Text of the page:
Good and Great assets

Let’s continue the consideration of assets that we started on Monday:

GOOD ASSETS:  A “good” asset is one that stays  more or less stable in value but which  provides  positive  cash  flow  from  month  to  month.  Over  time,  the  value may rise or fall slightly, but the money that it puts into your pocket each month will more than make up for any fluctuation in the price. An example of a “good” asset  would  be  something  like  an  antique  car  that  you  rent  out  for  special occasions. We have all seen the vintage Rolls Royce autos that happy couples rent to ride from their wedding ceremony to their reception. Well, think for a moment: where  did  they  get  that  car from?  They  had  to  have rented  it  from  somebody. And that car is not likely to go down  in  value,  so  with  each rental  it  brings  in  money  to the owner.

Another  example  is  flipping  a  piece  of  real  estate  with  seller  financing.  This  is where the buyer provides a down payment and agrees to some sort of payment plan for the remainder of the balance  (usually with interest). For at least a limited time (a few months or up to a few years) that piece of real estate will be a “good” asset that will hold its value and provide cash flow. But we can’t yet say that it is a “great”  asset  because  that  cash  flow,  even  if  it  lasts  for  several  years,  will eventually run out.

Another  “good”  asset  can  be  something  like selling an  eBook online.  When  you first publish a book, there tends to be a swelling of initial interest that eventually slows  down  to  a  steady  trickle.  Now,  there  are  things  that  you  can  do  to continually  promote  your  book  in  order  to  reach  fresh  audiences,  but  what’s more likely is that your sales will fall into a natural slump (unless you are the next Michael  Crichton,  in  which  case  your  grandkids  will  thank  you).  An  eBook  is  a “good” asset because  it  provides  steady cash flow and doesn’t go down in value; but as is the case with a real estate deal, the money will eventually stop flowing.

GREAT ASSETS: You are probably getting the hang of this asset classification thing, so identifying great assets shouldn’t be that hard. A “great” asset should go up in value, should provide positive cash flow, and the income stream shouldn’t dry up anytime in the foreseeable future. A “great” asset is the kind of investment that you  should eventually  use  to  fill up your portfolio.  The more “great” assets that you can invest in, the more cash you will have flowing to your bank account every month  and the less you will ever have to worry about making ends meet. If you can  get  your  hands  on  enough  “great”  assets,  you  will  even  have  the  option  of quitting your job and spending your days doing whatever your passion is. So what are some examples of “great” assets? Let’s look at a few and then see if you can imagine any others.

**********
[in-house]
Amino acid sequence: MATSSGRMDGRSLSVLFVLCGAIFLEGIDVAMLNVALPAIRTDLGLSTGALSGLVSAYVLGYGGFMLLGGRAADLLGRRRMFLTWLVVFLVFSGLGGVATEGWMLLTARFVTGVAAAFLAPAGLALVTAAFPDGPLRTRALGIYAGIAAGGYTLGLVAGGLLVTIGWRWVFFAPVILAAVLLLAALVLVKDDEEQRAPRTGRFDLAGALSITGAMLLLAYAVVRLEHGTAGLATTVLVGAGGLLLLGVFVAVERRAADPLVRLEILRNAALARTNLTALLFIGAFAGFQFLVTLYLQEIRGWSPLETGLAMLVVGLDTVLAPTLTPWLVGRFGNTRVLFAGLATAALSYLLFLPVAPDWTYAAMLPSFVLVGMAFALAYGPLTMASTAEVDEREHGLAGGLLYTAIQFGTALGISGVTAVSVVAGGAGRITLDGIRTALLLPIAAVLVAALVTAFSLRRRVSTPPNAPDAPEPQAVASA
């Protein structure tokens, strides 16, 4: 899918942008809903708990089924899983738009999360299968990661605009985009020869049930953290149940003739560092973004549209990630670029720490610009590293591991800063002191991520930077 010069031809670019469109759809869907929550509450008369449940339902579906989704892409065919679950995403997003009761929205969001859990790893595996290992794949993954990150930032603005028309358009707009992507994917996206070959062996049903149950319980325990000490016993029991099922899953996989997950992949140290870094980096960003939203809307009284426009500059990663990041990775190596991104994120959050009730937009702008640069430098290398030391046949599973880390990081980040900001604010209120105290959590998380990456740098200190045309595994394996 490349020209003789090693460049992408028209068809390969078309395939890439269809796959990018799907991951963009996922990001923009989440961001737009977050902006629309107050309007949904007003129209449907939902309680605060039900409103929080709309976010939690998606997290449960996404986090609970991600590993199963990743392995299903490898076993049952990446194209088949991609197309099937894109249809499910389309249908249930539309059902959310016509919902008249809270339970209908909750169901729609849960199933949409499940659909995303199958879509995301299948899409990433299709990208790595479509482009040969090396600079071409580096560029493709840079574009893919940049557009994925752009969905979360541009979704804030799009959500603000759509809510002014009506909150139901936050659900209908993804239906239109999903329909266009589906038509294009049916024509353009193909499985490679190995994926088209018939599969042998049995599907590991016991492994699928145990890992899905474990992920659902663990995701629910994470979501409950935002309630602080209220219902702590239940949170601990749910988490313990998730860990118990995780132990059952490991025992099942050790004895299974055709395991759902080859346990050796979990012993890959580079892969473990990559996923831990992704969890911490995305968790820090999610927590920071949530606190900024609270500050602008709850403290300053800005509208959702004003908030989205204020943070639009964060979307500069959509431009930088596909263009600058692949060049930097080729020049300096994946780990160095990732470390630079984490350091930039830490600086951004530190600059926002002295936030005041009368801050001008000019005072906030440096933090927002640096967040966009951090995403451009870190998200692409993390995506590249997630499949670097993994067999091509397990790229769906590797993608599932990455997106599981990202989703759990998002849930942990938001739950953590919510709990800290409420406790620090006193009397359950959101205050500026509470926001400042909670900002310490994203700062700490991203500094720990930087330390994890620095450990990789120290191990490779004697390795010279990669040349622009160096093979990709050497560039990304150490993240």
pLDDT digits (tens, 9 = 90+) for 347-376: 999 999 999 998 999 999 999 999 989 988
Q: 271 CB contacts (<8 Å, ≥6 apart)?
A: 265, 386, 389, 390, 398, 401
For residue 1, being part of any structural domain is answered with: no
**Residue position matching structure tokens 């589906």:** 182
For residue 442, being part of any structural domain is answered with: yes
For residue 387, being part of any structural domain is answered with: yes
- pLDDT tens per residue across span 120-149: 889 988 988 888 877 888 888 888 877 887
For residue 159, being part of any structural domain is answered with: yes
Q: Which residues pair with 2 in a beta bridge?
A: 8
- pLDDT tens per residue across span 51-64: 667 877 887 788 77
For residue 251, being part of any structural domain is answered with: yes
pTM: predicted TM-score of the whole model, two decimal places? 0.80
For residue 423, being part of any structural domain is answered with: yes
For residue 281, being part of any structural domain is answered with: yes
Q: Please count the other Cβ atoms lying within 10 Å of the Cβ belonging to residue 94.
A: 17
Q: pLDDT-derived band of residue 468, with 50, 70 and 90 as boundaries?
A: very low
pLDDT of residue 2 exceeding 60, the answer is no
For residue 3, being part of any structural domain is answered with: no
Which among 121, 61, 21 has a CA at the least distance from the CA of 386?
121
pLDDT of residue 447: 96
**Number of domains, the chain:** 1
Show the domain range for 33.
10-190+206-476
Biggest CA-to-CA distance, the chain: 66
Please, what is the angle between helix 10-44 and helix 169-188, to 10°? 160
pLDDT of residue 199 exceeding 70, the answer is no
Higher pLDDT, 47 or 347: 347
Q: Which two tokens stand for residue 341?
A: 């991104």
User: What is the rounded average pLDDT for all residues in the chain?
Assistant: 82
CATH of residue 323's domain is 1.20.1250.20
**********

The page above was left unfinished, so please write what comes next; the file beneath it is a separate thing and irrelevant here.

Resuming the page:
Owning  a  rental  property is  a  prime  example  of  a  “great”  asset.  Think  about it. The property itself will most likely hold  its value over the years, and the rent that you  charge  (in  most  areas)  can  be  periodically  adjusted  according  to  inflation.

The same principles can work even if you are renting out vacant land for people to drive their ATVs on, for agriculture, for hunting or fishing, for camping, or even for stargazing.  The  land  itself  is  likely  to  slowly  rise  in  value  over  the  years  (they aren’t making any more land, after all) and it will continue to provide a constant stream of income for you and your family depending on how well you market it to

your target audience and how well you treat those clients. Another  aspect  of  a  “great”  asset  is  that  it  doesn’t  require  your  constant supervision to generate  income. While some people may  hesitate  at the idea of being  a  “landlord”,  there  are  ways  to  eliminate  the  stress  and  potential  hassle that come with renting out a property.  For example, you can  make a  deal with  a person who you trust implicitly  for them  to handle  the  choosing  of  tenants,  rent collection,  and  the  taking  care  of  small  repairs  and  issues  on  the  property.  In exchange,  that  person  can  keep  a  percentage  of  the  rent.  If  you  don’t  know anyone  in the area, then you can look into working with a property management company, who will do all of the above  in exchange for a fee of anywhere from  6-10% of the monthly rental payment.

The  fundamental  purpose  of  a  Forever  Cash  asset  is  to  give  you  money  each month  without  your  having  to  work  long  hours.  The  same  thing  can  be accomplished  by  being  the  owner  of  a  business  which  is  supervised  by  a competent manager.  Because you were the one who  put up the seed money to get the business going  (or to purchase it)  you will be repaid for life with a steady stream of income while others do the actual work.


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